Kristol: GOP Should Unite Against Economic Recovery Package Now To Help Defeat Health Care Later

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"Kristol: GOP Should Unite Against Economic Recovery Package Now To Help Defeat Health Care Later"

On Monday night, Weekly Standard editor Bill Kristol appeared on Neil Cavuto’s Fox Business show to discuss conservative criticism of President Obama’s economic recovery plan. “I’m less certain than I was even 4 or 5 days ago” that Democrats would push the stimulus bill through the Senate without GOP support, said Kristol. “I do think it’s now a question.”

Kristol then claimed that “the loss of credibility” that Obama and congressional Democrats could incur from the process of passing the recovery package “really hurts them on the next piece of legislation.” Citing the example of Bill Clinton’s experience in the 90s, Kristol said that a united conservative front against the stimulus now could help them defeat health care legislation in the future:

KRISTOL: But the loss of credibility, even if they jam it through, really hurts them on the next, on the next piece of legislation. Clinton got through his tax increases in ’93, it was such a labor and he had to twist so many arms to do it and he became so unpopular.

CAVUTO: Without a single Republican vote. Without a single Republican vote.

That it made, that it made it so much easier to then defeat his health care initiative. So, it’s very important for Republicans who think they’re going to have to fight later on on health care, fight later on maybe on some of the bank bailout legislation, fight later on on all kinds of issues. It’s very important for them, I think, not just to stay united at this time, though that’s important, but to make the arguments.

Watch it:

Kristol is no stranger to marshaling opposition to affordable health care for every American. In December 1993, Kristol distributed a private strategy document to Republicans in Congress, advising them that they should work to “kill” Clinton’s health care plan. Echoing conservative intransigence today, Kristol wrote that “any Republican urge to help Clinton “do something” on health care “should be resisted“:

The forces advocating reform weren’t prepared for a Republican Party animated by William Kristol’s famous memo, “Defeating President Clinton’s Health Care Proposal,” which darkly warned that a Democratic victory would save Clinton’s political career, revive the politics of the welfare state, and ensure Democratic majorities far into the future. “Any Republican urge to negotiate a ‘least bad’ compromise with the Democrats, and thereby gain momentary public credit for helping the president ‘do something’ about health care, should be resisted,” wrote Kristol.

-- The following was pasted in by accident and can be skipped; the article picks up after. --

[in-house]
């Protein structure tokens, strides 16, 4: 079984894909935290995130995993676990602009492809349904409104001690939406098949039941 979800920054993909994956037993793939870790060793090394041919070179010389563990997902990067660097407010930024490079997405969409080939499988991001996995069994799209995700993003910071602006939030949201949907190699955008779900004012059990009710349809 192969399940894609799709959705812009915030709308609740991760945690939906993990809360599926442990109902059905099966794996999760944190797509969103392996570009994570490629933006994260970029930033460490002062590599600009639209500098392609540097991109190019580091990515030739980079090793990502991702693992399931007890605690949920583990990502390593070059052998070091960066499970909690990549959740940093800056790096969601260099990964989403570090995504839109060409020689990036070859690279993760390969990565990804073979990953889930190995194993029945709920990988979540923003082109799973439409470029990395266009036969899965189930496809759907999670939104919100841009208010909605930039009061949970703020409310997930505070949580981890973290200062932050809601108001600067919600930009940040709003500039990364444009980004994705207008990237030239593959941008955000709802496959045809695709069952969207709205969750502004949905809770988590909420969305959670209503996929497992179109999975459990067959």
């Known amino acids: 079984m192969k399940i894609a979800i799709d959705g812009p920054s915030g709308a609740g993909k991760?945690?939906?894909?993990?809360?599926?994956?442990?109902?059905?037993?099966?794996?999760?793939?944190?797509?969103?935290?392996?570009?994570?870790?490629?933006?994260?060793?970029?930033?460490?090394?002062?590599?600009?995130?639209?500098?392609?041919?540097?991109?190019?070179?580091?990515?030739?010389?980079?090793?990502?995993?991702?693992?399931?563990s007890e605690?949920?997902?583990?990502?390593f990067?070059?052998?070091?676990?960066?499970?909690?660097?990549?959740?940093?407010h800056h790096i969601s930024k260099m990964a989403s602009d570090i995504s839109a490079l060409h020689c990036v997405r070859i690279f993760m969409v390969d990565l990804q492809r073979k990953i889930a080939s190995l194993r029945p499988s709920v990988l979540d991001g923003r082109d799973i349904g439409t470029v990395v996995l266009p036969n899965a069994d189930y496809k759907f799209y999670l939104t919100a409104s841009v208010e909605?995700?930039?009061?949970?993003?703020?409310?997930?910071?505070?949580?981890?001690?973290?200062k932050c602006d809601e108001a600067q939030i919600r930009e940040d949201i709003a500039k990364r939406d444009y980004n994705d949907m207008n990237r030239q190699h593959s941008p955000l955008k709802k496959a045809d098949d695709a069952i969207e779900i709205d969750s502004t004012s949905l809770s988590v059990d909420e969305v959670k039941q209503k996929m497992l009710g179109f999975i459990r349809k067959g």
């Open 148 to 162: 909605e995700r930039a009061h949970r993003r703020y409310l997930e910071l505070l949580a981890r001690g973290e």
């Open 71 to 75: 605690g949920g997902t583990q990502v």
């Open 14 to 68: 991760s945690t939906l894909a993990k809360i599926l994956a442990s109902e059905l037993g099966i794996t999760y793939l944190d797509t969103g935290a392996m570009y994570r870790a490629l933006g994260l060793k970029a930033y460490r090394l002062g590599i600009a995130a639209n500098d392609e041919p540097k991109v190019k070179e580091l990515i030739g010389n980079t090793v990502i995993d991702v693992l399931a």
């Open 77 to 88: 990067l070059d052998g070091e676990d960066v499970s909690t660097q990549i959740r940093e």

Apparently, even a fancy dinner with the president can’t stop Kristol from plotting to undermine Obama’s agenda.

Transcript:

CAVUTO: I’ve been actually ignoring this stimulus thing. It’s a fait accompli, it’s going to happen, it could be a waste of money. But I’ve really been focused on what could be the huge and much more expensive enchilada. And that is re-doing, fixing the bank rescue fund and maybe making it a lot bigger. And some of the measures they’re going to take. We’re going to get into the details later on in this show. But that could be really where they go over the top. What are your fears there?

KRISTOL: Well, I mean I have the same fears as everyone. But I would say this, that this is where this thing could really matter. I think they could probably end up jamming the stimulus package through, though I’m less certain than I was even 4 or 5 days ago. I do think it’s now a question. But the loss of credibility, even if they jam it through, really hurts them on the next, on the next piece of legislation. Clinton got through his tax increases in ’93, it was such a labor and he had to twist so many arms to do it and he became so unpopular.

CAVUTO: Without a single Republican vote. Without a single Republican vote.

KRISTOL: That it made, that it made it so much easier to then defeat his health care initiative. So, it’s very important for Republicans who think they’re going to have to fight later on on health care, fight later on maybe on some of the bank bailout legislation, fight later on on all kinds of issues. It’s very important for them, I think, not just to stay united at this time, though that’s important, but to make the arguments. They’ve got, they really have a chance and the American public’s focusing for the first time in a way on what Republicans are saying since the Bush administration’s left office. They’re making pretty good arguments, I’ve got to say. And I think it’s really helping Republicans build up some credibility for the times in the future they’re going to have to go to the American public and try to take on a President who remains popular. But people can distinguish. They can like and respect Barack Obama and think, “you know what? This legislation doesn’t sound too good.”

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